I have a secret. It’s something that I’m pretty sure I’ve only told one other person before. In the worst of times; at my lowest. I feel like a burden to the ones I love.
I have always been one to get the job done. If it is mine to do, I will do it, and do it well. I don’t like to let people down. I am a list-maker (even if it is only in my head). I like things organized. I like finishing what I start, and that feeling of accomplishment when it’s done. I don’t like giving up control. After I left the working world, my job was household management and care. I was no longer contributing to the bank account, so it was important to me to take care of things at home. If I wasn’t doing that, I felt worthless.
Before I was diagnosed with Crohn’s, I had signs of the illness, but I ignored them. I made up reasons in my mind for them, rationalized what they could be from. No one could tell, but Bill. He was the one I turned to for help, to pick up the slack when I was under the weather. In my head, I was letting him down. Passing the ball. It was just the beginning of a feeling of helplessness that I despised.
During the years when my Crohn’s was active, I relied on Bill to do a majority of the care givng, and household chores, all while holding a full-time job. I was an extra child. I could do almost nothing at home, required many trips to the doctor’s office and emergency room, and even had to count on him to administer some of my medical treatments. Things I never imagined I would have to ask him to do. It was awkward, embarrassing, humiliating. He handled it like a champ. He never flinched. All in the name of love, I guess.
As a result of, and probably as well as, this feeling, I never liked to talk about my Crohn’s symptoms, side effects, test results, or any other health related issue. I did not want to live a life based around discussions of my disease. I had no control over Crohn’s itself, but I did have control over what I filled my head, and heart with. Unfortunately, it is hard to avoid those topics when your face is blowing up from steroids, but your body is withering away. When you are depending on the care of loved ones, whether you like it or not. Talking about it, just reminded me of the burden I felt I was.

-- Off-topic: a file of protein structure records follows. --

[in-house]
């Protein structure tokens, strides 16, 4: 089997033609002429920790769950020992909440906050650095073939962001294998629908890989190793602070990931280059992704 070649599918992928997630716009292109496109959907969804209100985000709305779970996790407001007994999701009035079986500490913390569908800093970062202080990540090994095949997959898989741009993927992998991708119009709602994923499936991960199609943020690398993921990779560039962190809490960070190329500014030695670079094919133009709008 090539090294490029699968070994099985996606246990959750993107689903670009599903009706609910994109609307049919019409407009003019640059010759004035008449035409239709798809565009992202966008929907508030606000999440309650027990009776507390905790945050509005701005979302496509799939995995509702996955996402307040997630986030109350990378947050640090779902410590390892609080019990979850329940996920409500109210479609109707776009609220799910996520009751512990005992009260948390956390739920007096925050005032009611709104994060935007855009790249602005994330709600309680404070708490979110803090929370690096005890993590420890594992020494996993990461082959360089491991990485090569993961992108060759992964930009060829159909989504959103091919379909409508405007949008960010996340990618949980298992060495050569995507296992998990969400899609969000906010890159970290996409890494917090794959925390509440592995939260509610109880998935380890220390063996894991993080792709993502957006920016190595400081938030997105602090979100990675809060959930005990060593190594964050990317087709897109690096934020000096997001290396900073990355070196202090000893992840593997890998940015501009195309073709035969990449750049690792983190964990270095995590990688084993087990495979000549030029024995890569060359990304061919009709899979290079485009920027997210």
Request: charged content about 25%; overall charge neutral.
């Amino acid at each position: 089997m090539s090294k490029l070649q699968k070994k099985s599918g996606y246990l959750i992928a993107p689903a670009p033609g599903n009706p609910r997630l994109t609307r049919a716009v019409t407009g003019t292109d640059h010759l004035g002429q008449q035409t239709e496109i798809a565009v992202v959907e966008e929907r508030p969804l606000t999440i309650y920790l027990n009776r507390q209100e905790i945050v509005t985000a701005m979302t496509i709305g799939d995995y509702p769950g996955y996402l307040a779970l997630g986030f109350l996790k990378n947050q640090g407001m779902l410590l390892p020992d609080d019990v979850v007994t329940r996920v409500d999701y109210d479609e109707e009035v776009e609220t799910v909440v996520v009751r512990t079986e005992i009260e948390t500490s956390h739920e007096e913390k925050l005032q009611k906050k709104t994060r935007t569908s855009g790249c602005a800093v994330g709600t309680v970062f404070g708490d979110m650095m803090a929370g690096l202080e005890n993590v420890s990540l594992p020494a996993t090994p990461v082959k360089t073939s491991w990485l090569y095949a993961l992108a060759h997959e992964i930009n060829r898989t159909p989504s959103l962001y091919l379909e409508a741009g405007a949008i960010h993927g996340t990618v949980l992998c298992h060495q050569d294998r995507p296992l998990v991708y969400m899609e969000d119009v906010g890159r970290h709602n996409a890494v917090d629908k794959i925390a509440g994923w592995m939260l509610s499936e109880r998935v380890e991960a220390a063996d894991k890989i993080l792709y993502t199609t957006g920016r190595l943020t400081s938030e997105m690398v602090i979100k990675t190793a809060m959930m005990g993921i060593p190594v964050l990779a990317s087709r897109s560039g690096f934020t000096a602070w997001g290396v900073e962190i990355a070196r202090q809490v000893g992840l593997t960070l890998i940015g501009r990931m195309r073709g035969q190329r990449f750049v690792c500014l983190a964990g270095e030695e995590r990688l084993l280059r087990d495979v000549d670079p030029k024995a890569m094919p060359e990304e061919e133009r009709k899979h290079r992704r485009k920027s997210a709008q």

In the 13 years I have been in remission, I have been blessedly healthy. An occasional virus, a broken foot, but far and few between. I still find, however, that I can’t help but return to those thoughts. I am still very sensitive to the fear of being helpless, and dependent on others, and I don’t like to think about the possibility of my Crohn’s returning. At the mere mention of illness, or when a sniffle comes around, I jump on the defensive. I am not sick. I am not defective. I am not.
Recently, I had to undergo kidney stone surgery. It turns out, they are a side effect of my Crohn’s disease. The procedure was outpatient, so I thought that I would feel fine by the next day. Unfortunately, the recovery took longer than I expected, and after a week on the couch at home, I ended up in the hospital for a night. I had to rely heavily on Bill, and It all came flooding back. I constantly apologized. He did nothing to make me think I needed to, in fact, he told me to stop, but that burden feeling returned, if only for a short time.
Bill has always been there for me. He has taken care of every task that needed to be done, and has loved me through every bit of it. He has never questioned, complained, whined, or pouted. While I was worried about what I wasn’t doing, he was worried about whether I was going to survive. Whether I would live to see another day. When you think about it that way, it puts it all into perspective. We all have to rely on our loved ones, some more than others, but in the end they will do what they need to do, because they love us.
You are not a burden. You are not. You are LOVED.